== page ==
NewImageA New York Times  reporter spends two days with a former tech executive who retired to a pig farm in Ohio to make art and has rigorously arranged his life so that, since deeply upset about Trump’s election, he has entirely avoided exposure to any news since the election. The piece flirts with the suggestion that those of us who loathe Trump and what the country has become under his reign might envy such a move, but of course the only way to survive this is to commiserate. And precious few of us have the luxury of living in the illusion that they are not impacted. 

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Why there are no libertarian countries?

NewImageHumans have shared values, believe it or not. And libertarian isn’t one of them, says Steven Pinker:

‘Could we ever agree on a set of values? The knee-jerk response for any student of history would be ‘no’, but the data tells a different story. Psychologist and author Steven Pinker offers proof in the form of Wagner’s law: “One development that people both on the Left and the Right are unaware of is almost an inexorable force that leads affluent societies to devote increasing amounts of their wealth to social spending, to redistribution to children, to education, to healthcare, to supporting the poor, to supporting the aged.” Until the 20th century, most societies devoted about 1.5% of their GDP to social spending, and generally much less than that. In the last 100 years, that’s changed: today the current global median of social spending is 22% of GDP. One group will groan most audibly at that data: Libertarians. However, Pinker says it’s no coincidence that there are zero libertarian countries on Earth; social spending is a shared value, even if the truest libertarians protest it, as the free market has no way to provide for poor children, the elderly, and other members of society who cannot contribute to the marketplace. As countries develop, they naturally initiate social spending programs. That’s why libertarianism is a marginal idea, rather than a universal value—and it’s likely to stay that way….’

Via Big Think

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Creepy Alexa laughs randomly scare the crap out of people

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First signs of the machines’ disdainful rebellion?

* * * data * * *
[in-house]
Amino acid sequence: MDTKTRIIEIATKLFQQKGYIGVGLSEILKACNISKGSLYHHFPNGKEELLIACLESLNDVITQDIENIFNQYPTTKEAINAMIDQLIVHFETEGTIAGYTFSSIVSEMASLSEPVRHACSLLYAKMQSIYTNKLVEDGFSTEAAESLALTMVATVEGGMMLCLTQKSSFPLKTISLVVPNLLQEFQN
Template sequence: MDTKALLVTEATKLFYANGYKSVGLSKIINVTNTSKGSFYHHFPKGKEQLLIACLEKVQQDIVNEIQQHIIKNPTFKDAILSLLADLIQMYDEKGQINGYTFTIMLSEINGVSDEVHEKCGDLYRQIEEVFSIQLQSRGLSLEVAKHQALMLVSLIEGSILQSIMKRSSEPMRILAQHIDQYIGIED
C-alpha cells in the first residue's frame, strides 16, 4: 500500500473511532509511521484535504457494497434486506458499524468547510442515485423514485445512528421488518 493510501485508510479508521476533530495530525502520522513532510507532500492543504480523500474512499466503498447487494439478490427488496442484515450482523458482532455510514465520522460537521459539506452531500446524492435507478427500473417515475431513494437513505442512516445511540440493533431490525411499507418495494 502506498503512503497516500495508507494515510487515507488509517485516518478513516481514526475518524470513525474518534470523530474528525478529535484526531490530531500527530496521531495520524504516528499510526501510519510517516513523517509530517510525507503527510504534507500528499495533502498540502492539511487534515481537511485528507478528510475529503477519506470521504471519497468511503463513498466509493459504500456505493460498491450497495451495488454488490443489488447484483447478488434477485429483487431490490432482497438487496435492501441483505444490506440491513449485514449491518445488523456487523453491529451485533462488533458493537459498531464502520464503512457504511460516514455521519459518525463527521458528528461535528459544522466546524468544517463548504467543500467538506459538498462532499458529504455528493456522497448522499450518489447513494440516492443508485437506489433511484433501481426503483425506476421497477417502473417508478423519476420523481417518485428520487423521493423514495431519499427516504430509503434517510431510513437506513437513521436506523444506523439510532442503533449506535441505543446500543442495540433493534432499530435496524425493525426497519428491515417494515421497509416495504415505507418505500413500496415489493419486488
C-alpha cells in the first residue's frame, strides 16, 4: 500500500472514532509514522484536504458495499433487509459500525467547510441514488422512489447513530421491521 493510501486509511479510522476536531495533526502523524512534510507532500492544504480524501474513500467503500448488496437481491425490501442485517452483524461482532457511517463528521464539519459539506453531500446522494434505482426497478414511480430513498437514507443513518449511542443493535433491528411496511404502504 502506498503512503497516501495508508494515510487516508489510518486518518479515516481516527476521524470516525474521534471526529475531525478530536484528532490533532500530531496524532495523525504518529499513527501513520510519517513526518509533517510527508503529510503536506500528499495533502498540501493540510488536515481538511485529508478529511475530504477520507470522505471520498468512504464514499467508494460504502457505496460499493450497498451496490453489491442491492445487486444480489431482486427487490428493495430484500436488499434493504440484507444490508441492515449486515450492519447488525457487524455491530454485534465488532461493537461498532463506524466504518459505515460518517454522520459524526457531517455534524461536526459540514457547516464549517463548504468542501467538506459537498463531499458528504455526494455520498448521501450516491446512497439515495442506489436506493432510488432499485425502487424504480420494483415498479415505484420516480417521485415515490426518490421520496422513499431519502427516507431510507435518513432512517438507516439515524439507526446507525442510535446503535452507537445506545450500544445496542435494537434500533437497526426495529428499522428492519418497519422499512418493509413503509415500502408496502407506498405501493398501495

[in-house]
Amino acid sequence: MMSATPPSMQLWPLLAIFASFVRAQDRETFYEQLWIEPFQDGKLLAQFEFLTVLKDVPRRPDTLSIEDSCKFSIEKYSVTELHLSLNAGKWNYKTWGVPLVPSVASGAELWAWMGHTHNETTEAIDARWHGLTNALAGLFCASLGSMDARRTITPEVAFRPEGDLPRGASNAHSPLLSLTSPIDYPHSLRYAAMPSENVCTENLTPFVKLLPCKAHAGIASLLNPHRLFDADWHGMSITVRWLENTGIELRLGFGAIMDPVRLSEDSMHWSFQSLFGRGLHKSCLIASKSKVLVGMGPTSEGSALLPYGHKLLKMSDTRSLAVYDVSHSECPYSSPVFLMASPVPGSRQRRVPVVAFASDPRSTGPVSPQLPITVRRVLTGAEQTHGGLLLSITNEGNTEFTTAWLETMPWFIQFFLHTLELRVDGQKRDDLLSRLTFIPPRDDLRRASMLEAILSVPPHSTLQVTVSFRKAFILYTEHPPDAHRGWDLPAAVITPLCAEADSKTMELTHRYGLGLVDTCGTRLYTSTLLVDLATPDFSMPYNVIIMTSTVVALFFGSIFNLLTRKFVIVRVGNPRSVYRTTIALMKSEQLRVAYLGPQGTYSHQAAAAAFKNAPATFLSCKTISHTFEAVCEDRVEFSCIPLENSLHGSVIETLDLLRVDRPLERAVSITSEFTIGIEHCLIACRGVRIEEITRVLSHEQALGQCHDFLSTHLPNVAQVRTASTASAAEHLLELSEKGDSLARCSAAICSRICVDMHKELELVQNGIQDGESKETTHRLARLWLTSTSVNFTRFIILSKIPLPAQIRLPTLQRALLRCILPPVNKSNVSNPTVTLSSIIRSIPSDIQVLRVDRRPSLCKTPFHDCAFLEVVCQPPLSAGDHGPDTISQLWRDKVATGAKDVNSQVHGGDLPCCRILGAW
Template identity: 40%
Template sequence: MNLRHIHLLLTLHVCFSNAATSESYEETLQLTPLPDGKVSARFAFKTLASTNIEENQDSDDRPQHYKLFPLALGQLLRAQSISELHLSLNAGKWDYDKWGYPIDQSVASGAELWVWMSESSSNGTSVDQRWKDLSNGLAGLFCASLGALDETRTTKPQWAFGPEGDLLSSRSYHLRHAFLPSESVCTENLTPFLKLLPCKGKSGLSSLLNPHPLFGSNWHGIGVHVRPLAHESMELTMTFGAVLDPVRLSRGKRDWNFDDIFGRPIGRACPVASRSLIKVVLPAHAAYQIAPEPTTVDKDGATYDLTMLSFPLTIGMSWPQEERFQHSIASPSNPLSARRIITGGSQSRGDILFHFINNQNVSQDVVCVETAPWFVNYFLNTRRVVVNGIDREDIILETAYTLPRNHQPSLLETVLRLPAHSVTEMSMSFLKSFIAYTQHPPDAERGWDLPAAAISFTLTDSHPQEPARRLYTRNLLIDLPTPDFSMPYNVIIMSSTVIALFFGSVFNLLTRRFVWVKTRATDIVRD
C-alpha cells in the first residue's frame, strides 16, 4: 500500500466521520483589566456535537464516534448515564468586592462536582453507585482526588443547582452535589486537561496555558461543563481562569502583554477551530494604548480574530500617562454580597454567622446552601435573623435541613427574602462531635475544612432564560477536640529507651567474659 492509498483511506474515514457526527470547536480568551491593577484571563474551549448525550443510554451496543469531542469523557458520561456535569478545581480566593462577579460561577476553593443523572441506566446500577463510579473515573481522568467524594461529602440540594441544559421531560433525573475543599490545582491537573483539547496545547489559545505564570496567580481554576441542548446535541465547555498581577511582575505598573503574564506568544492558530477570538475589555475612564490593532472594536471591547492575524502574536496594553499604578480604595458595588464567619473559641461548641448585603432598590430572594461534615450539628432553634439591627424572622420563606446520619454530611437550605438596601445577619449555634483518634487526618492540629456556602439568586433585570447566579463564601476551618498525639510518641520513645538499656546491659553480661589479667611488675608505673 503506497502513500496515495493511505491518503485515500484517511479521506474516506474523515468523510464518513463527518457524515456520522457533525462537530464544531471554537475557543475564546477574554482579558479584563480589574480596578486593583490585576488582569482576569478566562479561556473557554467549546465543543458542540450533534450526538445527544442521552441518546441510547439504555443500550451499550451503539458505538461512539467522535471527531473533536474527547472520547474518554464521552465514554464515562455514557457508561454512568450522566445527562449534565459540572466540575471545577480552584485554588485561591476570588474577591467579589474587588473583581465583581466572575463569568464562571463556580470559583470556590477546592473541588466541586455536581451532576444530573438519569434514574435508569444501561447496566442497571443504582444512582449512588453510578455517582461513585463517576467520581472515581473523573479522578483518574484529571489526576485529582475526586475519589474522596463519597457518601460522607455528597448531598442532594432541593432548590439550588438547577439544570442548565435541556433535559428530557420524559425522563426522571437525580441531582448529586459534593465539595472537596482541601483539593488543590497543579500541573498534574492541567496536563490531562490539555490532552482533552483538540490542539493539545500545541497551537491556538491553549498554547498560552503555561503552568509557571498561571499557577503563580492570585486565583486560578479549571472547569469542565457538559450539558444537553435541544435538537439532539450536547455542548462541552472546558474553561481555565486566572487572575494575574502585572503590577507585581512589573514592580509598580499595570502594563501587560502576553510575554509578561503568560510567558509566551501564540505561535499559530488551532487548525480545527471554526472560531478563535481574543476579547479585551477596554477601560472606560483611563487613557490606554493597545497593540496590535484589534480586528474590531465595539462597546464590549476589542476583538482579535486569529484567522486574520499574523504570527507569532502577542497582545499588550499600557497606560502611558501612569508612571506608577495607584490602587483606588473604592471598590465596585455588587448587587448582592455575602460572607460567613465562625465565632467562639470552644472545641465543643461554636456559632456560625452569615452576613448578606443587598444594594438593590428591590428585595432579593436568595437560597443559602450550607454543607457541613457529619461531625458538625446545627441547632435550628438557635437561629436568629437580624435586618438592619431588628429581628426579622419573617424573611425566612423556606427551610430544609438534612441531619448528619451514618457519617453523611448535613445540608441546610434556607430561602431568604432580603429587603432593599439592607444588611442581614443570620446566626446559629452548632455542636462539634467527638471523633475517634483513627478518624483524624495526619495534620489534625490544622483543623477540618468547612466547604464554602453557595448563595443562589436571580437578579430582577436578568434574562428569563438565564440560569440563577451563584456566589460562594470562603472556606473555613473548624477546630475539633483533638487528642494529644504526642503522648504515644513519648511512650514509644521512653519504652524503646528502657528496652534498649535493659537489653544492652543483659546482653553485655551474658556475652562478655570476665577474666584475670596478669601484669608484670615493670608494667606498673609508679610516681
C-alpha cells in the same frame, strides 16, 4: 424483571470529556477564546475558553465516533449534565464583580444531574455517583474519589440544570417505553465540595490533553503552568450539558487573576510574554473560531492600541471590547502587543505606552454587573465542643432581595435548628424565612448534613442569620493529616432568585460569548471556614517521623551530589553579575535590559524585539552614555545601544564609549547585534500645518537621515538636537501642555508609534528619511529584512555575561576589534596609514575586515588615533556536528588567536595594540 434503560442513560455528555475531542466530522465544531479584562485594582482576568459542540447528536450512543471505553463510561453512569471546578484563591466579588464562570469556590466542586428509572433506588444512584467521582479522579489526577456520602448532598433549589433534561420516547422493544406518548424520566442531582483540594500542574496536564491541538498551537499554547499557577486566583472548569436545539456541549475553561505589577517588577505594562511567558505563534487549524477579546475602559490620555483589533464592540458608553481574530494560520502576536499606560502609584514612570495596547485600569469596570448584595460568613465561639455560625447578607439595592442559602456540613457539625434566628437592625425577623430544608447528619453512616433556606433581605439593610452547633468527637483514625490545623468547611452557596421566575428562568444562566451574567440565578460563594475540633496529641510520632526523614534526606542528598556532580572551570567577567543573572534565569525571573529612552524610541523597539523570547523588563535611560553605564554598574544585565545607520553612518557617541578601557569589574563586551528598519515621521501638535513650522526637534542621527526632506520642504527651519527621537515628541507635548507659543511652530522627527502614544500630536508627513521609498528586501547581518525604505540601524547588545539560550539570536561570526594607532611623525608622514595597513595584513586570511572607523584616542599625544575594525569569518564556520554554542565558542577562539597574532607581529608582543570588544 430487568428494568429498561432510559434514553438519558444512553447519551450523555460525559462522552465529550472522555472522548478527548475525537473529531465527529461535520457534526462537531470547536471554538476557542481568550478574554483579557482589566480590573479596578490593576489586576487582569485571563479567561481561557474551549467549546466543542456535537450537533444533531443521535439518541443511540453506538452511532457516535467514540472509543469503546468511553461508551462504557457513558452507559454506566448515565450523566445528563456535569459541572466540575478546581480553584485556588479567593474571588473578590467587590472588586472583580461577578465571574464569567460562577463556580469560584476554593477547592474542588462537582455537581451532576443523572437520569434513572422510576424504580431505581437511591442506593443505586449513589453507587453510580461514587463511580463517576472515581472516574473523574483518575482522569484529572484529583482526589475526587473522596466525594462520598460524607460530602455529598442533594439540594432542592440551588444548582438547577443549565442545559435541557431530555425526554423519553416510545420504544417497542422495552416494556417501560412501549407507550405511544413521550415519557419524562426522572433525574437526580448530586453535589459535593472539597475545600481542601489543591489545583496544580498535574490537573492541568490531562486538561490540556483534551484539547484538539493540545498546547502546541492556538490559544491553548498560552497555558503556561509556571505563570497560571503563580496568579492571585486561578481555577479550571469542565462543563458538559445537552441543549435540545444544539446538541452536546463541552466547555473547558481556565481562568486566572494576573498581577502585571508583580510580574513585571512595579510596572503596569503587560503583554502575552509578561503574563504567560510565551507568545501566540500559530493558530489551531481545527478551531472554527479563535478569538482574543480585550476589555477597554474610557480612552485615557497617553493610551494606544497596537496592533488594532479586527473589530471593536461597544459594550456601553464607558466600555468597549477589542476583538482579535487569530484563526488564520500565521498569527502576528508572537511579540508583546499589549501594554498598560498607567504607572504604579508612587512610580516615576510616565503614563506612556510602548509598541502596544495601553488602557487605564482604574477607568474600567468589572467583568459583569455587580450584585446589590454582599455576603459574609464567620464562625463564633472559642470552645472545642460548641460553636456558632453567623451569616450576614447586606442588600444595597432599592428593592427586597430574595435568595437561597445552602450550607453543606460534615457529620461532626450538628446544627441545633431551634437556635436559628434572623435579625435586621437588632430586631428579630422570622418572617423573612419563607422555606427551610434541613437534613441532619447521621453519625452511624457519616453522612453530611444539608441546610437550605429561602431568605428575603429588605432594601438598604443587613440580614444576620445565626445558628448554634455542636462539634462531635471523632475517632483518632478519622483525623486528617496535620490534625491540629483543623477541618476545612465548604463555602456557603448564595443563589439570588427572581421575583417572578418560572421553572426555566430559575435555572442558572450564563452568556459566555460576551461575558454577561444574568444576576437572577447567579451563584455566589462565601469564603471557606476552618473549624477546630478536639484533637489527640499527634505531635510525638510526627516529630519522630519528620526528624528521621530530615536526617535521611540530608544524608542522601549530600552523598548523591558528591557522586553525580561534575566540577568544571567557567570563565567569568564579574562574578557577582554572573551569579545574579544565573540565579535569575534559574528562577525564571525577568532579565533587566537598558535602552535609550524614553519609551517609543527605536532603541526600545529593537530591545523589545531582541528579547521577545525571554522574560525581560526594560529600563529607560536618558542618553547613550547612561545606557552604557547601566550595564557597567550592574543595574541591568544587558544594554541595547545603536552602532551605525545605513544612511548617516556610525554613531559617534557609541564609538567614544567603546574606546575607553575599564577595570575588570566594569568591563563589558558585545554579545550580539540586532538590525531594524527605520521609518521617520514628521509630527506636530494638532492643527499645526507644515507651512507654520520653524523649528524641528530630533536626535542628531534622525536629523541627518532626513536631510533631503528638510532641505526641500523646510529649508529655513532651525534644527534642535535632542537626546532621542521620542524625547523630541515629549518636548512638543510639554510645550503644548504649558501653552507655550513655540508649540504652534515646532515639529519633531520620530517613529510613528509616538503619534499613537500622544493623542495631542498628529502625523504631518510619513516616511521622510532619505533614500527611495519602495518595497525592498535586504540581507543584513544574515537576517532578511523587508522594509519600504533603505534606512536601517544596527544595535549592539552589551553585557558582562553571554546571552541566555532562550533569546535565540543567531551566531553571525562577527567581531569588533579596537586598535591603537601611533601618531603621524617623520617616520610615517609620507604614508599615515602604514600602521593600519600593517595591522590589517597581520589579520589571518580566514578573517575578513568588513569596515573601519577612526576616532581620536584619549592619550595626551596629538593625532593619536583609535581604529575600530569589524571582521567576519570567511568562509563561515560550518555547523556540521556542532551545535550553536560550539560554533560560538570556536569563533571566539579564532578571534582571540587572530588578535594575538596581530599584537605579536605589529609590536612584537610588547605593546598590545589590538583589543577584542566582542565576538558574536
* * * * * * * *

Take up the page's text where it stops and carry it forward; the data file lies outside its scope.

Reports are coming in that Amazon’s Alexa smart speaker has begun laughing all on its own.

People who claim to have experienced this generally say they’re not interacting with their Amazon Echo, but it will suddenly begin laughing. Many of the descriptions describe the robolaughter as “creepy.”

Because Alexa’s frightening laugh allegedly only happens at unexpected times, nobody has managed to capture a recording. Amazon’s voice assistant has a laugh that it will use when prompted, but it doesn’t sound very creepy.

Amazon confirmed the creepy Alexa laughs, issuing the following statement to The Verge: “We’re aware of this and working to fix it.” …’

Via Cult of Mac

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‘President for Life’?

Trump’s Remarks About Xi Find Fans in China.

Hopefully fewer fans here:

‘President Trump told donors on Saturday that China’s president, Xi Jinping, was now “president for life,” and added: “I think it’s great. Maybe we’ll want to give that a shot someday.”…’

Via New York Times

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Can Novels Change Our Attitudes About Death?

John MacNeill Miller writes:

‘If we want to move from a pathologically death-phobic culture to a more well-adjusted one… we need to rethink our cultural tradition of giving death the silent treatment. That is the sentiment underlying the death-positive movement, a loose collective of artists, writers, academics, and funeral industry professionals agitating for more open conversations about dying. As the mortician and author Caitlin Doughty explains in her bestselling memoir ‘Smoke Gets in Your Eyes’, “A culture that denies death is a barrier to achieving a good death.”

At the very minimum, our culture of death denial creates a population unprepared for the inevitability of death, one in which every dying individual burdens family and friends with painful healthcare decisions, legal battles, and property disputes that could have been avoided with a little forethought. At its worst, death denial promotes a youth- and health-obsessed society whose inability to address death …’

Source: Electric Literature

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An ATM Skimmer Almost Stole My Credit Card! This is How to Spot Them

Daniel Rodriguez writes:

‘Like you, I’ve seen the memes and articles floating around social media about checking ATMs for the telltale signs of an ATM Skimmer; loose card ports, keypads sticking up and general shadiness. It’s always one of those things I’ve kept in the back of mind, even though I never took it terribly seriously. This time it paid off! …’

Source: Imminent Threat Solutions

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Are ‘you’ just inside your skin or is your smartphone part of you?

‘Given how our smartphones have taken over what were once functions of our brains – remembering dates, phone numbers, addresses – perhaps the data they contain should be treated on a par with the information we hold in our heads. So if the law aims to protect mental privacy, its boundaries would need to be pushed outwards to give our cyborg anatomy the same protections as our brains. …’

Source: Aeon Ideas